Scheifele led the Jets with 38 markers and probably would have hit 40 is not for slow down at the end of the year. Still, he had a career year and his playoffs last season, before the Jets were bounced, were a display of dominance. If he can rekindle that, that will go a long way in this season. Should also mention Wheeler’s 71 assists, a franchise mark from the elite passer.
Winnipeg’s biggest question here is if they’ll find that depth scoring (and if Laine can figure it out). The Jets brought in Kevin Hayes from the New York Rangers at the trade deadline and will be looking to him to shoulder some of that, along with Nikolaj Ehlers
ADVANTAGE: WINNIPEG: The Jets’ scoring talent is just better. They just need to actually use that talent.
BLUES: The Blues allowed the fourth fewest shots against this season, which has certainly allowed Binnington to ease into his new role as starter.
The truth of the matter is St. Louis has a sound defense, one that has contributed to the sixth fewest goals allowed in 2018-19. That’s remarkable, given how bad the Blues were prior to their turnaround. Names like Alex Pietrangelo and Colton Parayko chew up minutes, and they have depth, too, with Jay Bouwmeester, Joel Edmundson, Vince Dunn, Carl Gunnarsson and Robert Bortuzzo.
They’re a formidable backend that doesn’t give up a lot of shots, including some of the lowest high-danger chances allowed at five-on-five.
JETS: Without Josh Morrissey, this team would have had major issues, but it appears he will return from a 24-game hiatus due to injury to rejoin Trouba on the top pairing. That’s big news for the Jets, but one can’t help but wonder if the Jets defensive lapses will still continue.
Wheeler mentioned a lack of maturity in this group a couple times down the stretch. It extends to the whole team, of course, but Winnipeg’s defense needs to get it together here.
ADVANTAGE: ST. LOUIS: The numbers don’t lie. St. Louis is a shot-suppressing monster.
BLUES: Binningt…. Winnington has put together a run since he got his first NHL start on Jan. 7 that would win him the Calder if those voting stopped worrying about the ‘you need to play x games’ thing.
Binnington has played enough to warrant consideration for a couple of year-end awards, and if he continues that torrid run, he’s going to give Winnipeg fits. The Jets ran up against a white-hot Marc-Andre Fleury in the WCF last year and couldn’t solve him. If Binnington can be that unsolvable puzzle, then that’s going to be tough. But he’s never played on this stage, so there’s that, too.
JETS: Connor Hellebuyck is nowhere near his runner-up Vezina form that he was in last season. But, Hellebuyck has played lately like his runner-up Vezina form that he was in last season. A 9.13 save percentage during the season is nothing to write home about, but his .930 over his final 10 appearances certainly is.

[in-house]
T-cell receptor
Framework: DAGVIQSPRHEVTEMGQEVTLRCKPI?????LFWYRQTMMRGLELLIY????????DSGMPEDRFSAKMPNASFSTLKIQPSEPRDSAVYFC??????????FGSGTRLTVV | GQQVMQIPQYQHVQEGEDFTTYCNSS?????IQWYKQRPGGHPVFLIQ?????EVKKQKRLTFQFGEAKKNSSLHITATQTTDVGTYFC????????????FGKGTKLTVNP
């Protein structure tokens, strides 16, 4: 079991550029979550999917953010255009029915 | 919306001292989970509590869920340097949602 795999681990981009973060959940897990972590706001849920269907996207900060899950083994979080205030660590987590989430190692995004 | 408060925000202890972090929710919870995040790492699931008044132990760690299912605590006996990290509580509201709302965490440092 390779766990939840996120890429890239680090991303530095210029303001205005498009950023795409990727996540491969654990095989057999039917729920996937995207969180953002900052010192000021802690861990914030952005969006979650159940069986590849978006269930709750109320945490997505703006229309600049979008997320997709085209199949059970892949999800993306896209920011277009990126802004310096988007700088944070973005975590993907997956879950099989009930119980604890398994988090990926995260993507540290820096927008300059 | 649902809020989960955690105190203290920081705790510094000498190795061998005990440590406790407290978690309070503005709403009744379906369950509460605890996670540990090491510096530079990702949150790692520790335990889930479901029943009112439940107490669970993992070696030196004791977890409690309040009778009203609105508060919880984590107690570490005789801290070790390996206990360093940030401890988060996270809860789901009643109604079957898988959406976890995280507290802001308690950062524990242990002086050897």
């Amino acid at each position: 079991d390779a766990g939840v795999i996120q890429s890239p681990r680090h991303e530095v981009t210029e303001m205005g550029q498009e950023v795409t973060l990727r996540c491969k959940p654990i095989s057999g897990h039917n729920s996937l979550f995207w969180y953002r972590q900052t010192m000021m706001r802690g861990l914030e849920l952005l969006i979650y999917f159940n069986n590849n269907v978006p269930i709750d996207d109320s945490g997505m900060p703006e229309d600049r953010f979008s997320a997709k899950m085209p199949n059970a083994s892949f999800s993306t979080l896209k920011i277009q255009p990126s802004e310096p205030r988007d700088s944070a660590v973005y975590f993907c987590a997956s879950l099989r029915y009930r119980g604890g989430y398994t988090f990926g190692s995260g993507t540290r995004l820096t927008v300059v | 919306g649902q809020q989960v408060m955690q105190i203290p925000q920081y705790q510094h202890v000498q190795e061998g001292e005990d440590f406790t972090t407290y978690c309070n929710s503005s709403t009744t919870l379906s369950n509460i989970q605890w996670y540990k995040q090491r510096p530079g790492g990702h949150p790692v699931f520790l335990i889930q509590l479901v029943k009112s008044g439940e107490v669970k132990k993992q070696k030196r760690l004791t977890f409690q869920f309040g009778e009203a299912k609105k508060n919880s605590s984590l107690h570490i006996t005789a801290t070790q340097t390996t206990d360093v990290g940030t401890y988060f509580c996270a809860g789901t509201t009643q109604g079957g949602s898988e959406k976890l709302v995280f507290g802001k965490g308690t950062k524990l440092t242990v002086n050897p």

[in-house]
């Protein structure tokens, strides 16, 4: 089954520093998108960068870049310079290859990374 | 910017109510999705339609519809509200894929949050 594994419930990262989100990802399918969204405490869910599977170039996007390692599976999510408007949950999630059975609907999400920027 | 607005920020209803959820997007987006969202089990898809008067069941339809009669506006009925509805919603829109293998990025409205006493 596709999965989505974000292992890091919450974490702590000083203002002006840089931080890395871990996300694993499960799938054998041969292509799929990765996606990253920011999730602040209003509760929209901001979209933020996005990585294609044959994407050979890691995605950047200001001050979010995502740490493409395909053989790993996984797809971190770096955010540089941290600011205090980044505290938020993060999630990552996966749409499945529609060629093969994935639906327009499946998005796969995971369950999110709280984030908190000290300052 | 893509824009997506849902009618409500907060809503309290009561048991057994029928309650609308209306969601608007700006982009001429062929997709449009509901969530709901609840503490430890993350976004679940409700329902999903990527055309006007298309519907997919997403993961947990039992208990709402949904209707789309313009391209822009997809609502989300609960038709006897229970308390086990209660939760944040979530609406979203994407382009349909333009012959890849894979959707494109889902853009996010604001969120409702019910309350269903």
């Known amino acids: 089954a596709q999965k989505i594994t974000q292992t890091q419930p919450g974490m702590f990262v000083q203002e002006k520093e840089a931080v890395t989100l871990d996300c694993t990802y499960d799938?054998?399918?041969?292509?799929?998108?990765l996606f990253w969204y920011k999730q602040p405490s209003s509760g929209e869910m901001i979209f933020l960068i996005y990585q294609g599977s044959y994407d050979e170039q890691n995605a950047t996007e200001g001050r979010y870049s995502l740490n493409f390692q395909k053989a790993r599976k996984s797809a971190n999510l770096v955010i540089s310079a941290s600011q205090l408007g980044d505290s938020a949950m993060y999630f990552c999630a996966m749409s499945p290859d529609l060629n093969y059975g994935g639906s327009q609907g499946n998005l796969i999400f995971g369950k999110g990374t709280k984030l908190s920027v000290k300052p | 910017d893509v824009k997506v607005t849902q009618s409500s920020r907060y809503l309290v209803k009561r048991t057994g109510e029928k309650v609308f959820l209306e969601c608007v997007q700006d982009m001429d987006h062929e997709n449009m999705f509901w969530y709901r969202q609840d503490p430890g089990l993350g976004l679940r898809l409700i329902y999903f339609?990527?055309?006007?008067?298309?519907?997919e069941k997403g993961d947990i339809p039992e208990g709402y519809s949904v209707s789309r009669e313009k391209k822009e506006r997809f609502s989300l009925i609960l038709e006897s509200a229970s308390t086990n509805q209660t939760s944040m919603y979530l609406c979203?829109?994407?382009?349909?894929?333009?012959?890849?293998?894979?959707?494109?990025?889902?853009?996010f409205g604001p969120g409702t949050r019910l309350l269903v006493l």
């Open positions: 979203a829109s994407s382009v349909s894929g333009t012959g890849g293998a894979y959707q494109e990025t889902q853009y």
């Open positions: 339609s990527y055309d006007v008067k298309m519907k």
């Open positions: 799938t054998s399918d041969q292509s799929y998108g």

That’s key here. Hellebuyck got some rest throughout the season and it appears to be paying off at a very good time. Hellebuyck can have his moments, and he shouldn’t be allowed to play the puck, but he’s been the model of consistency for a bit now.
Can he outduel Binnginton? That’s the question.
ADVANTAGE: WINNIPEG. It might be crazy, but I’m taking Winnipeg. I think Hellebuyck’s experience slightly edges Binnginton’s lack of it. The stakes get much higher now and Hellebuyck has proven he can handle them in the past. There’s plenty of faith that Binnington’s stone-cold demeanor can do the same, but we need to see it first, just to be sure.
ONE BIG QUESTION FOR EACH TEAM
Can Binnington handle the playoff pressure?
It’s one thing to win the in the regular season. It’s another to win in the playoffs. Binnington, as mentioned above, has been a revelation for St. Louis, but the real pressure begins on Wednesday. Is he up to the task?
Will Winnipeg find its stride?
It’s been a while since Winnipeg could be called rightful Stanley Cup contender. Their recent play just doesn’t earn the distinction. If they can find their quickness, they’re nearly unbeatable (a 5-0 win against Nashville down the stretch was proof of that). If not, the series is anyone’s guess.
JETS IN 6. While Winnipeg has struggled on the back nine, it’s hard to write them off just yet. If they turn up the quickness dial, they’re going to cause all sorts of problems for the Blues, no matter how good Binnginton can be.
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Scott Billeck is a writer for Pro Hockey Talk on NBC Sports. Drop him a line at firstname.lastname@example.org or follow him on Twitter @scottbilleck